Tangiteroria School, midway between Dargaville and Whangarei, has served its rural community for 128 years. A strong sense of history is apparent in photographic displays and historic buildings on site. The school’s logo and curriculum topics recognise and value the Māori history of the surrounding area, the Northern Wairoa. The community is settled, and there is little population turnover. The school currently caters for 56 students in Years 1 to 8. Eighteen percent of students are of Māori descent. Some families’ connections with the school span several generations and most are involved in the farming industry.

The school benefits from high levels of commitment and support from the board of trustees and its Home and School Association. Long-standing teaching and support staff know children and their families very well and contribute to the sense of family, stability and belonging that students experience. The Tangiteroria SPiRIT values underpin interactions, relationships and the curriculum. Students understand and reflect these values, which include self control, perseverance, independence, respect and tolerance.

The school’s three classrooms are well resourced and well presented. The extensive grounds, including orchard, bush area, large field and swimming pool, are well used to support students’ learning. School beehives offer further authentic learning opportunities and bring in funding for the school. The annual agricultural day is a feature of the school’s calendar. The board and staff continue to explore ways of maximising the potential of these resources.

The school is currently in a period of transition after the appointment of a new principal in December 2013. The new principal's clear vision for developments in the school align with board strategic goals for sustaining current values and good practices and with goals for further strengthening school performance.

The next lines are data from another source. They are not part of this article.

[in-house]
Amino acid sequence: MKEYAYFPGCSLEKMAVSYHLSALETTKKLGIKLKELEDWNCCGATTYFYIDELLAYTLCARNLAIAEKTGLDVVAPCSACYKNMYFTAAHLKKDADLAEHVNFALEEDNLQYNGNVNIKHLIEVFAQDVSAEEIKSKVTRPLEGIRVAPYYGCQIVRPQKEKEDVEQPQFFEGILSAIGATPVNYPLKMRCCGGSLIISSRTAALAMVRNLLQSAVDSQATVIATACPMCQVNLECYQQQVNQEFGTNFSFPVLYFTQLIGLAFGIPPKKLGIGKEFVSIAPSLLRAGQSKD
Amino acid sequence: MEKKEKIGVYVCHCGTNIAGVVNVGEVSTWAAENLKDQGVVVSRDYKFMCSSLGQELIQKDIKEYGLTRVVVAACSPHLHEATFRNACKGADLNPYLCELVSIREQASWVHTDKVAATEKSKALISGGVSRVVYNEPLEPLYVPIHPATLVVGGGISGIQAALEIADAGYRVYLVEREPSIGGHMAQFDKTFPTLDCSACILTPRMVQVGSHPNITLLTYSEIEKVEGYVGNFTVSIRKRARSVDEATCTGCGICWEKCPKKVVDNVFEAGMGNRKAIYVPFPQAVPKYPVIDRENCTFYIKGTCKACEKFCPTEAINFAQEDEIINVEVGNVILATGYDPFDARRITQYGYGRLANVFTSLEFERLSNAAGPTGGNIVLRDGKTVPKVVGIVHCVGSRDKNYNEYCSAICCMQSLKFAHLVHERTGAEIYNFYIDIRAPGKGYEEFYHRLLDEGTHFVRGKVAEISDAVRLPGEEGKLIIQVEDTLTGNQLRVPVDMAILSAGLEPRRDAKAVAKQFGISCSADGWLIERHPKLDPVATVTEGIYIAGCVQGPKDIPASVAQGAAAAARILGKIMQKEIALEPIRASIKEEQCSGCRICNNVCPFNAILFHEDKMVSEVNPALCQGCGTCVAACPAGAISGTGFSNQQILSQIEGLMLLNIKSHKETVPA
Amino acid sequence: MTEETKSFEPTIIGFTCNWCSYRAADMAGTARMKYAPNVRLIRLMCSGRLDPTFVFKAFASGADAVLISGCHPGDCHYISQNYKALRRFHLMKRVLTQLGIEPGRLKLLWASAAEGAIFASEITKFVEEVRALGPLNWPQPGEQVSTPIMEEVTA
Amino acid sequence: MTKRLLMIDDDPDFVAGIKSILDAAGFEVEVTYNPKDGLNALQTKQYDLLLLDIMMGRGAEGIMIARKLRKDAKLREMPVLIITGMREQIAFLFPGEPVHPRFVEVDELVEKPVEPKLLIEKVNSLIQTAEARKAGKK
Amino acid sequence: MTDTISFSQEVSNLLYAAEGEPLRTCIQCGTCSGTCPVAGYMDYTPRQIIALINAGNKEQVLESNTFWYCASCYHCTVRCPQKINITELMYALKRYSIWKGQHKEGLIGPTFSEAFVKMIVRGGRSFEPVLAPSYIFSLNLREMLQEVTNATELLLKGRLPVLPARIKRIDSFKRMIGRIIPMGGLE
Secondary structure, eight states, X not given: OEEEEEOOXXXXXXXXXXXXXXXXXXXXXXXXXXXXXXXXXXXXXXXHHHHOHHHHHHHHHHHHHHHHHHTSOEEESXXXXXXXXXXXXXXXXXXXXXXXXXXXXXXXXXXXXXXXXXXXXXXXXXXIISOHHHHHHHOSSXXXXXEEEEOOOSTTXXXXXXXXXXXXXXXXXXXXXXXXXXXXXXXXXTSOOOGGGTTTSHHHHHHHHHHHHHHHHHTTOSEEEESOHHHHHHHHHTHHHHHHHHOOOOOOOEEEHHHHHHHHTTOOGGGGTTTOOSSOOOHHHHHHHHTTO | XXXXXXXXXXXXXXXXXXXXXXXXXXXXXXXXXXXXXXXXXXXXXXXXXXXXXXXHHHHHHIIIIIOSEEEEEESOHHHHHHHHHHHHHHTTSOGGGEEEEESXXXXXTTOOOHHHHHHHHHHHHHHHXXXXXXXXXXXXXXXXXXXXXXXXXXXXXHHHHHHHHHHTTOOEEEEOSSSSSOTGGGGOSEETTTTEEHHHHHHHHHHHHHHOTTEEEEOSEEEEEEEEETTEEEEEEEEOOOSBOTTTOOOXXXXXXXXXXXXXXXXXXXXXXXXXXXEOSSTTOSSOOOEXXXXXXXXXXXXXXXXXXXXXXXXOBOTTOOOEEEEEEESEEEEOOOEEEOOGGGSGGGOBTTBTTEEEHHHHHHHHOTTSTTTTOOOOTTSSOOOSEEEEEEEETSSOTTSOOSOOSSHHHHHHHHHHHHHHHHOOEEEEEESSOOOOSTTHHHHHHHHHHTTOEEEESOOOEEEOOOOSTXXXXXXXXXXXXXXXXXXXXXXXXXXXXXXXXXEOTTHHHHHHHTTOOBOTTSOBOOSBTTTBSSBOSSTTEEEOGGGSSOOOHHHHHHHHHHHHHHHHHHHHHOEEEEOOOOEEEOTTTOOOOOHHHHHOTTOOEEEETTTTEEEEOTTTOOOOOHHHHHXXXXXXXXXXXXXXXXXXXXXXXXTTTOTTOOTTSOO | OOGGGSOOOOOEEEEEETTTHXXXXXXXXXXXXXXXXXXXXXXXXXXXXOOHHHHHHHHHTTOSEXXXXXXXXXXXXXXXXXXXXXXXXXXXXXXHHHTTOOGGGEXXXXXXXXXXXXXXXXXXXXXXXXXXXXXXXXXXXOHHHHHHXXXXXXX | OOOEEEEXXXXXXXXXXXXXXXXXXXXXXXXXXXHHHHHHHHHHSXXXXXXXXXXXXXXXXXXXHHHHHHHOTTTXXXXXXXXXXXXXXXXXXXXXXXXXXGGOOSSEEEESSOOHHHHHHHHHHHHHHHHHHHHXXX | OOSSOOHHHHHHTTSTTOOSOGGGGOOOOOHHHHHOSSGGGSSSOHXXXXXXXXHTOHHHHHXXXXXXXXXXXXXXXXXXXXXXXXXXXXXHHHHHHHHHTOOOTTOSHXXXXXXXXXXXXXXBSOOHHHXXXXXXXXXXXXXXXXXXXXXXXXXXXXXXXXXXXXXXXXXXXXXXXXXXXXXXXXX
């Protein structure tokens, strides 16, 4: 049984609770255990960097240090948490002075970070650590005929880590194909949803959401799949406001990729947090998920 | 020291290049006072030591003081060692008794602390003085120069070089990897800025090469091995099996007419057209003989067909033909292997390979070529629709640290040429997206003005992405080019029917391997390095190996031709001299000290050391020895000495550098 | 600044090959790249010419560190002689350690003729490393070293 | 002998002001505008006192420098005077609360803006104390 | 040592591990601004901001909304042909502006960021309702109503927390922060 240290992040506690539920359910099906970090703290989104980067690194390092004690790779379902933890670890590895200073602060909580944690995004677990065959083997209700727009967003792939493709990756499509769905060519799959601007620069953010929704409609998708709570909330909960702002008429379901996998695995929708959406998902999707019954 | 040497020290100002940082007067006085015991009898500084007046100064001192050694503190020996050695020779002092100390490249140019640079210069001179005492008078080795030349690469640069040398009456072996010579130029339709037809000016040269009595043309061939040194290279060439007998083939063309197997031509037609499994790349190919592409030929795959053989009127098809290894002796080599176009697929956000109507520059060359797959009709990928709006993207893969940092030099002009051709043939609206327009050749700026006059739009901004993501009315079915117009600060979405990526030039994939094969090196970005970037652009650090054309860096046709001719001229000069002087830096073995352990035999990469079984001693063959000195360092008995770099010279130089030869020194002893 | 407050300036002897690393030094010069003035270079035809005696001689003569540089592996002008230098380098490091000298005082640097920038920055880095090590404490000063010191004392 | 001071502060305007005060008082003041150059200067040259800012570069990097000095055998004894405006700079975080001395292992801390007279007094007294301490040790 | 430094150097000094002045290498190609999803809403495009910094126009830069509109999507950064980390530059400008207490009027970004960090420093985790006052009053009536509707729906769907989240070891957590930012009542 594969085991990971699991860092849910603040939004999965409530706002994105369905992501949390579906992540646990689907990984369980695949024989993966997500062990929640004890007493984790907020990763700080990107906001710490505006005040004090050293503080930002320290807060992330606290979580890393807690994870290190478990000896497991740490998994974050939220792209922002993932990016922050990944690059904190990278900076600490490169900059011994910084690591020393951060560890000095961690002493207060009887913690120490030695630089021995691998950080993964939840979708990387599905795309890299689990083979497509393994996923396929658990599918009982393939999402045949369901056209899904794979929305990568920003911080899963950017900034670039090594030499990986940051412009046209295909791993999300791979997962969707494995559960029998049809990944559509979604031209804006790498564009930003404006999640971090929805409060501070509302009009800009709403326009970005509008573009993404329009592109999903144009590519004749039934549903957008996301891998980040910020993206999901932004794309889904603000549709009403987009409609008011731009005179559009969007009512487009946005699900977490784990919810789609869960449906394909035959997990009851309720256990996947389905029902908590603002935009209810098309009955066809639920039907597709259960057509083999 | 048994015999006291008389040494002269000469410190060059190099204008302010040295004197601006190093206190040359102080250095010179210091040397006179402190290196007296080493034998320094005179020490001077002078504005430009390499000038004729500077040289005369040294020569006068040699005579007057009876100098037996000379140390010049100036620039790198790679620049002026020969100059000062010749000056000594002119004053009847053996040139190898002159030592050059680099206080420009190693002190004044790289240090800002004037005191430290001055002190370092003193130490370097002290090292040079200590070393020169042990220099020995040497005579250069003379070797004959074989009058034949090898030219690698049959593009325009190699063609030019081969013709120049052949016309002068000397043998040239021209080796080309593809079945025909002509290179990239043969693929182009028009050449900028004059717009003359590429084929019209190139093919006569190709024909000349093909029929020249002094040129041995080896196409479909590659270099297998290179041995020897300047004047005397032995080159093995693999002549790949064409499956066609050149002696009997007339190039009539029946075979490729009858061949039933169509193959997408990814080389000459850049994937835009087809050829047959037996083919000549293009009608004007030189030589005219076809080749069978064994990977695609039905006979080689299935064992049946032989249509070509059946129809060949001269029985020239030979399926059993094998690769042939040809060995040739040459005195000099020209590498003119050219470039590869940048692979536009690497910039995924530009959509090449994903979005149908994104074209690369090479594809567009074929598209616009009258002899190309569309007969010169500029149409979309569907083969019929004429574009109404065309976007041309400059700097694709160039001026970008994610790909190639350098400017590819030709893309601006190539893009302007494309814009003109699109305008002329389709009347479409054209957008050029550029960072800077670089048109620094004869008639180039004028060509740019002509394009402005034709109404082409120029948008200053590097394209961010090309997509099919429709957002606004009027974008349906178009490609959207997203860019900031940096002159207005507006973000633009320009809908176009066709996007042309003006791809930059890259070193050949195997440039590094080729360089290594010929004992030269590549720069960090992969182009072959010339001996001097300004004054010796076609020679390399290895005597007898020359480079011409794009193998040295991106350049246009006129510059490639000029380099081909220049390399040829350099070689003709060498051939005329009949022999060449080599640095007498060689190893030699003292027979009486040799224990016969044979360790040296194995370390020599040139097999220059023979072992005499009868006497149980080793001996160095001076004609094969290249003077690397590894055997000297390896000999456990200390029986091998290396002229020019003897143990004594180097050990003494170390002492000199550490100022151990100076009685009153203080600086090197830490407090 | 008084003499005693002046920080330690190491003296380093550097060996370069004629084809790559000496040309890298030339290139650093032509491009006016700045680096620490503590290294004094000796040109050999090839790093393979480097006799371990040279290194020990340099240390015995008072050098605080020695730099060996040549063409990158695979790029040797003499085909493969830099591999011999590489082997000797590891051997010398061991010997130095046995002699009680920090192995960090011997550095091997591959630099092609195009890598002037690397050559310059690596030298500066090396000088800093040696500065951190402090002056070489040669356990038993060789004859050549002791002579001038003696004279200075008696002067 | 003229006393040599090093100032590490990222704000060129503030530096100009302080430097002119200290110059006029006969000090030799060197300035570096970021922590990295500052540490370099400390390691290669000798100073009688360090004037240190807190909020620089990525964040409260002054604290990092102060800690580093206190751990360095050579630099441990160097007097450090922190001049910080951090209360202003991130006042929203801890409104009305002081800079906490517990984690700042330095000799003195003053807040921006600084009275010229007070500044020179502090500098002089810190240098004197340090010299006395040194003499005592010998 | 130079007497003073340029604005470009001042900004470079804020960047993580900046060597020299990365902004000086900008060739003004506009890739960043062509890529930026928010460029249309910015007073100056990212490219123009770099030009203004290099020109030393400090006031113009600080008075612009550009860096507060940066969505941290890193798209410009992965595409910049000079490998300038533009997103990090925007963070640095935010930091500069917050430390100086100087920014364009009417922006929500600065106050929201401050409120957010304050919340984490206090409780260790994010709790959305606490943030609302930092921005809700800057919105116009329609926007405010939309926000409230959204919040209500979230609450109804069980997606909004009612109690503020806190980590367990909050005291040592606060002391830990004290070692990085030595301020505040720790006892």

ERO’s 2011 report recommended a review of the school’s te reo Māori programme, increasing student ownership of their learning processes, improved use and reporting of achievement data, and strengthening self review. The principal and staff have begun to address these areas.

2 Learning

How well does this school use achievement information to make positive changes to learners’ engagement, progress and achievement?

The principal and other teachers are refining and developing school assessment practices so achievement information can be better analysed and used more effectively to inform teaching programmes and board decisions. Increasing students’ understanding about their own assessment data and learning goals is part of this development.

Publicly available achievement information for 2012 and the school’s 2013 data show that most students achieve well in relation to the National Standards. Māori students are included in these positive results. The board and principal have used 2013 achievement data to set targets and to identify strategies for accelerating the progress of the few students who are not yet achieving at National Standard levels. The school plans to achieve these targets through personalising learning programmes and carefully monitoring students’ progress.

The principal is leading teacher professional development to help staff make more reliable overall judgements about students’ achievement. This should result in better use of data by teachers and students to enhance learning. It should also help the board better assess the impact of initiatives in the school.